Our lives need regular and consistent punctuation. A pause. A breath. A break. Unique and unforgettable experiences to help slow the relentless and, let’s face it, sometimes monotonous passage of time. Late to almost everything these days, I’m overdue a few away from standard British time to connect with myself, Mother Nature and some like-minded souls. I retreat to Surfers Lodge Peniche in Portugal to experience the sisterhood of surf and asanas.
Designed to be a home from home, I meet my new surf-sisters in the living room of Surfers Lodge Peniche. It’s uber-relaxed with no waste-of-space lobby, rather a discrete reception of up-cycled pallets. Not to be confused with code for shabby surf shack however, the Lodge is a hip yet humble 4-star surf-yoga boutique retreat with feel-good eco-credentials to boot. A place to surf, SUP and asana in style with friends, family, or solo. And it won’t cost the earth!
Conveniently only an hours’ drive north of Lisbon airport, Peniche has the most consistent surf closest to the UK. It’s also one of the best surf spots in the world. I’m on serious surf-turf here, and the girls I’m joining have postponed their morning lesson just for me. Thoughtful of them! But after two hours’ sleep I had something less energetic – more horizontal – in mind. Busy ogling the 17 unique suites and rooms, the Moroccan-inspired rooftop terrace, pool, hot-tub and yoga studio, I’d rather hoped to spend the afternoon reviewing the facilities.
NOPE! An afternoon frolicking in the freezing Atlantic followed by a wringing in the yoga studio is scheduled, to put me through my paces! I was all up for it back in London, really I was! Just that I wanted to bring my A-game, or even my B. But all I can think about is my Z-game.
And before I’ve even had a chance to micro-nap in the cab, I’ve arrived. Thankfully it’s a glass-fronted haven of a hotel. A zen-inducing dose of Portugese vitamin D washes over me as I absorb my surroundings. This feels much more than a home from home!
Conceptually it echoes low-maintenance surf culture that’s respectful of nature. Built from scratch by former Swedish surf champ John Malmqvist and his father (a world-renowned interior designer) it combines impressive design heritage with an honest desire to be eco-friendly about it. We are surrounded by natural, sustainable and recycled materials, from the bar of old fishing boats to the stone, concrete and glass structure. Everyday efforts to reduce waste, conserve water and energy, and eliminate single-use plastics have also earned it official eco-accreditation. It’s impossible not to relax and feel good about it here.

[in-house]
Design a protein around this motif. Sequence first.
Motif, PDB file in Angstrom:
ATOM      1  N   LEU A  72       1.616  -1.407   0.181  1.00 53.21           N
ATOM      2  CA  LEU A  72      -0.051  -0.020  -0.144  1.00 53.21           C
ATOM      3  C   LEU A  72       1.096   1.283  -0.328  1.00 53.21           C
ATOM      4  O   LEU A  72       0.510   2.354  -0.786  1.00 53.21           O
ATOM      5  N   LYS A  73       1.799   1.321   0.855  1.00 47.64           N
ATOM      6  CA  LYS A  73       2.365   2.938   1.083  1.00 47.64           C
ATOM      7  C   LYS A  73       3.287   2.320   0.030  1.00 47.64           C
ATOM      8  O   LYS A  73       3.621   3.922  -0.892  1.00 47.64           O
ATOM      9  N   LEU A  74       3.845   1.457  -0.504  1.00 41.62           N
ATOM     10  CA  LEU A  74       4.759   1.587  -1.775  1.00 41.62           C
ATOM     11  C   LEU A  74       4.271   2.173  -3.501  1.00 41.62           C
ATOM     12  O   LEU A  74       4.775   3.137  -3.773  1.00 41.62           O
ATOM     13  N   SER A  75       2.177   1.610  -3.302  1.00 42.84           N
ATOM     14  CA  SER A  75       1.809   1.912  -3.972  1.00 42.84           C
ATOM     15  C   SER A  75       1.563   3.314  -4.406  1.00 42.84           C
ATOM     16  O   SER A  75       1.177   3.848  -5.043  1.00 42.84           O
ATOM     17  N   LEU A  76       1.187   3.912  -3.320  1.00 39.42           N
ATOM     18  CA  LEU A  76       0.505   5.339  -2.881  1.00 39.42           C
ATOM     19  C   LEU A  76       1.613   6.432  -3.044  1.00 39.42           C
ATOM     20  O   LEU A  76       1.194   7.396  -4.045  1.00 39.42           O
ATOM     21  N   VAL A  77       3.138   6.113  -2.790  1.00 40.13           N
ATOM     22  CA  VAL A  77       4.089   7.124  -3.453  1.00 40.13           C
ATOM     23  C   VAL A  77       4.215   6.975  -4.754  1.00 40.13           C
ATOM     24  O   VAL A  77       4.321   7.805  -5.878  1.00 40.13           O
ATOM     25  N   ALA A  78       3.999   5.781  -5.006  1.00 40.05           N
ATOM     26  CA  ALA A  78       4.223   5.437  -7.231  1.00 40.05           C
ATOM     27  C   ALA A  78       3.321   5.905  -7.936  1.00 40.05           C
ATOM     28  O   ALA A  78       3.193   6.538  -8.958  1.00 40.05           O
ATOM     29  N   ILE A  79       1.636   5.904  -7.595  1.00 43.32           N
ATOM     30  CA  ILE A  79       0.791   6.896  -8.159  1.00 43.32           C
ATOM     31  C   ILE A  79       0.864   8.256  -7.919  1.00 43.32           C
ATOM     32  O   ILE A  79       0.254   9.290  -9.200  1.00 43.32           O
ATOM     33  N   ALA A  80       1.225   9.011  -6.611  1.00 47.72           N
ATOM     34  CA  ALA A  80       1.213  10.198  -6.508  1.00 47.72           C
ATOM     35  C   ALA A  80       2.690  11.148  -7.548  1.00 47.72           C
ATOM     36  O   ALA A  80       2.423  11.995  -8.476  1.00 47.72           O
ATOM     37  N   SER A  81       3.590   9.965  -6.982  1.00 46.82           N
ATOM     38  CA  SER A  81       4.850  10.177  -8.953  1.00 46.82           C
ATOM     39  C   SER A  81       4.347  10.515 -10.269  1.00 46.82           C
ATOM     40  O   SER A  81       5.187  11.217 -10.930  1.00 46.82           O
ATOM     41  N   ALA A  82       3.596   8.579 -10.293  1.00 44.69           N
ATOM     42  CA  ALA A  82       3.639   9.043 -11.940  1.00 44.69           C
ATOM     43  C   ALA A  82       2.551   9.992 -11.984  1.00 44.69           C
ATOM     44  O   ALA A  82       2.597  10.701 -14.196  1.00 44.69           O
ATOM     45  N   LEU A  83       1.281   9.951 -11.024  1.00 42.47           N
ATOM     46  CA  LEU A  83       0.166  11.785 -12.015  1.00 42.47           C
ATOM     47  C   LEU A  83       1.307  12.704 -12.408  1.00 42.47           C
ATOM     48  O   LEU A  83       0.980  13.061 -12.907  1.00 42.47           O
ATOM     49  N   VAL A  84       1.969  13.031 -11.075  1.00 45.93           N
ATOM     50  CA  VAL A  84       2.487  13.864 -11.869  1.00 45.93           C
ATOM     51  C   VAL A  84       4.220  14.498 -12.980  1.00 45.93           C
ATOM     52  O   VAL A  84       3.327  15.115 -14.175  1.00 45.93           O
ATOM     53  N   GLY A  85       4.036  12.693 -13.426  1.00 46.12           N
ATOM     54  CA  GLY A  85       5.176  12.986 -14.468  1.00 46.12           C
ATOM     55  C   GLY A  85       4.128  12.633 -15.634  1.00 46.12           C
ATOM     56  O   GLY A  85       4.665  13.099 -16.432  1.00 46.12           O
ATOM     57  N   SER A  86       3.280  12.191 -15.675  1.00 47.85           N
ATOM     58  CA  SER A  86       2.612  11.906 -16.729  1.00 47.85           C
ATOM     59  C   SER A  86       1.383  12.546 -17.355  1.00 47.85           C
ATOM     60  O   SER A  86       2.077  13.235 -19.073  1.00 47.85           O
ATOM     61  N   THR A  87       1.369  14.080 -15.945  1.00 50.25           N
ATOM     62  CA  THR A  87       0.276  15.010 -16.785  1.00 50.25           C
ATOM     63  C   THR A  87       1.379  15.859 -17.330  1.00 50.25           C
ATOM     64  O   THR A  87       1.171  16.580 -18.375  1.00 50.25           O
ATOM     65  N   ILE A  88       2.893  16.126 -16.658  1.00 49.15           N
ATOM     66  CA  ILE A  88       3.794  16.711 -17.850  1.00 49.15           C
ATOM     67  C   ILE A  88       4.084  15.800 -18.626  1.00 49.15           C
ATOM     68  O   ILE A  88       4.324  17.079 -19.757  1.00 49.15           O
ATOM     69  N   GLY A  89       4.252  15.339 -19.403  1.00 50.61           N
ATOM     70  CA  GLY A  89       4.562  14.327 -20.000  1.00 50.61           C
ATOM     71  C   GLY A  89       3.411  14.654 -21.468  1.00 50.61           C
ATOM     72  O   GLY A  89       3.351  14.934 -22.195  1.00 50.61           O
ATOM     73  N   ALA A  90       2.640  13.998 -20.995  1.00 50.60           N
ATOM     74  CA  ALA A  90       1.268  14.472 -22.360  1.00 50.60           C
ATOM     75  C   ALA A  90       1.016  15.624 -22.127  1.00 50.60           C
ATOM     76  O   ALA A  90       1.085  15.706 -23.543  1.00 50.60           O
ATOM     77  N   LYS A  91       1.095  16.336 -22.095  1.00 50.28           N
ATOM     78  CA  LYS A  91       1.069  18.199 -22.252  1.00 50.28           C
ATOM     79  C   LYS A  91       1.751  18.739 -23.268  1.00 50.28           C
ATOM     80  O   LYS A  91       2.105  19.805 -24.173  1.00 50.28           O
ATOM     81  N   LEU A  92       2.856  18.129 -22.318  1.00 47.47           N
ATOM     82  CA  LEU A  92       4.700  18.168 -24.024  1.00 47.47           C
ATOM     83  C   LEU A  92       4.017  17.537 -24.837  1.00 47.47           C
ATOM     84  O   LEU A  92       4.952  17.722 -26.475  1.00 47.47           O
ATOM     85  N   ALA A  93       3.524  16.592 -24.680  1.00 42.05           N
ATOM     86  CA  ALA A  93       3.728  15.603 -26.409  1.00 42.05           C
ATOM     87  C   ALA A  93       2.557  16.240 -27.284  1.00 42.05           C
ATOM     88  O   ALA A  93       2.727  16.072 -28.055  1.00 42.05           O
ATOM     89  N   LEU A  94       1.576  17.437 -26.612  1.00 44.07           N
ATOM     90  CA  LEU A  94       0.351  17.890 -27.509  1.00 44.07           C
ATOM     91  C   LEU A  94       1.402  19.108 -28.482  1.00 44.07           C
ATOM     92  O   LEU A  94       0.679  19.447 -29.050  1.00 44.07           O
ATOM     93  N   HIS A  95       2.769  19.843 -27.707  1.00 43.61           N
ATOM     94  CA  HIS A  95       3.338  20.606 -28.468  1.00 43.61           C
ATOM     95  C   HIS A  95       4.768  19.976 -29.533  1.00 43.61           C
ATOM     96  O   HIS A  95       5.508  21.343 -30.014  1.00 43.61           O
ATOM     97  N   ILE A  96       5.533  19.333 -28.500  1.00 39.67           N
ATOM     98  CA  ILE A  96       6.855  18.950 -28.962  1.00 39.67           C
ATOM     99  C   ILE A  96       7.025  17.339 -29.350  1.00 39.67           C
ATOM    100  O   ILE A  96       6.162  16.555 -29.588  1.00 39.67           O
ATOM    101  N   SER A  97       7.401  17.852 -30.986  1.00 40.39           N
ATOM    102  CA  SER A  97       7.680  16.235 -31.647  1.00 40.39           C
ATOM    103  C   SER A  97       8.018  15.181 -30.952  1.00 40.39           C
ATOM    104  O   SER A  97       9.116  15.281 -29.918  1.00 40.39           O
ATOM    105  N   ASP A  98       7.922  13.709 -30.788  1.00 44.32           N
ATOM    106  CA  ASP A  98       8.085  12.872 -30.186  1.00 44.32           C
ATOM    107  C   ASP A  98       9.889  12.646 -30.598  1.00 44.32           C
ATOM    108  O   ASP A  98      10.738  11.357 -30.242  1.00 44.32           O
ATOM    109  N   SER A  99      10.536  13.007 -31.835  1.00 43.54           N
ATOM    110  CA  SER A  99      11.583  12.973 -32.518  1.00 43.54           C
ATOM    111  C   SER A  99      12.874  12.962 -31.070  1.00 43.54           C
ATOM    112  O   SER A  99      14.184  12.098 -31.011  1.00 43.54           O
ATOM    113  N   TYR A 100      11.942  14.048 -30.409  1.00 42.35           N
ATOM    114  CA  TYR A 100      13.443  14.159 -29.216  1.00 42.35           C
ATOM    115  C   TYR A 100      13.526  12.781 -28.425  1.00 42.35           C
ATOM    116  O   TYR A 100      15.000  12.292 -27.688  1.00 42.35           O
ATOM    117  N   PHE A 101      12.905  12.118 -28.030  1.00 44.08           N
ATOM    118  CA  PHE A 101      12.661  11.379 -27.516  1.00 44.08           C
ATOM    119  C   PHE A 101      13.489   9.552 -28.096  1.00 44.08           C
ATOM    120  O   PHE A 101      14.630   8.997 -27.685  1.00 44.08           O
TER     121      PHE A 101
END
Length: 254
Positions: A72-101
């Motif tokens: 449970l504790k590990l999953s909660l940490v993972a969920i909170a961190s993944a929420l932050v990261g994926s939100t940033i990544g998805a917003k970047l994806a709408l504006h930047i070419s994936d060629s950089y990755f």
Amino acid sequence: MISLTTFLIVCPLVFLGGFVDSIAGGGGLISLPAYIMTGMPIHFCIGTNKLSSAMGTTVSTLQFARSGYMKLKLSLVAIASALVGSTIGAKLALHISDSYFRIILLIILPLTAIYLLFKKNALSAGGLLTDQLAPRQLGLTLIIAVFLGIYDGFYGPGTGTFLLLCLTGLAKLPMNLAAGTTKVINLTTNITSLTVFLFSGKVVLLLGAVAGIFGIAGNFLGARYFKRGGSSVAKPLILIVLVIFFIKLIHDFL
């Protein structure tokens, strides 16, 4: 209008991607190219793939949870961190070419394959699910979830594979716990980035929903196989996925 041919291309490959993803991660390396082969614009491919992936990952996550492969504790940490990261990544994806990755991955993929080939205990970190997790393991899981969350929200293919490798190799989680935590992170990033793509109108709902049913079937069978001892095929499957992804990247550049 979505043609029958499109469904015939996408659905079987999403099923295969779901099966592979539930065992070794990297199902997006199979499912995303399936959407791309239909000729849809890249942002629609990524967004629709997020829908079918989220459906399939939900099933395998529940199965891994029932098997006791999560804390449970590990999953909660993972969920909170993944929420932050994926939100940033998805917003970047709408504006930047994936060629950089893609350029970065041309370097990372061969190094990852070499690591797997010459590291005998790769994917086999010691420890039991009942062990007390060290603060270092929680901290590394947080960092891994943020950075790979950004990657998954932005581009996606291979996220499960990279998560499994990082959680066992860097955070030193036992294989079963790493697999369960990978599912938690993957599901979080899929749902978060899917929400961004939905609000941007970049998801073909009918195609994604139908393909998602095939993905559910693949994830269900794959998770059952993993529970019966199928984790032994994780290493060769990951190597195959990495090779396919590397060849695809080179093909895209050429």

Striking attention to detail defines each unique room too. Luxurious themed suites for couples or small families, singles for the solos, and swish dorm-style rooms with bunk-beds for larger groups and families cater for everyone. If only I could have my hen weekend all over again! Rooms start from about £135 mid-season, but since most people come here to surf there are three and five-day surf packages incorporating video analysis, daily yoga, and even photography if you fancy. But John and the team will tailor a bespoke package according to your needs.
Alongside the super surf and yoga, there’s a hot social scene in the summer too. Hip DJ sunset sessions and BBQ’s with live music add to the holiday vibe. But fear not, socials wind down by midnight for those keen to get up and surf. For the more hedonistic, nearby beach bars are open until the early hours. If Soho House did surf & yoga, this would be it: only everyone is invited!
The good news is that there’s time for a quick bite before we surf. The menu is brilliantly balanced with light pre-surf options alongside carb-loaded comforts for post-surf munchies. Naturally the food is high quality and as organic and local as possible. Our surf instructor, turns up to say ‘hi’. He tells us to relax, don’t rush, but don’t eat too heavy. So we go healthy sharing quinoa and roasted vegetable salad, hummus loaded flatbreads, and sweet potato fries. We’ll indulge in burgers, fresh fish, delicious local wine, and yet more sweet potato fries later. For now, it’s time to go get wet.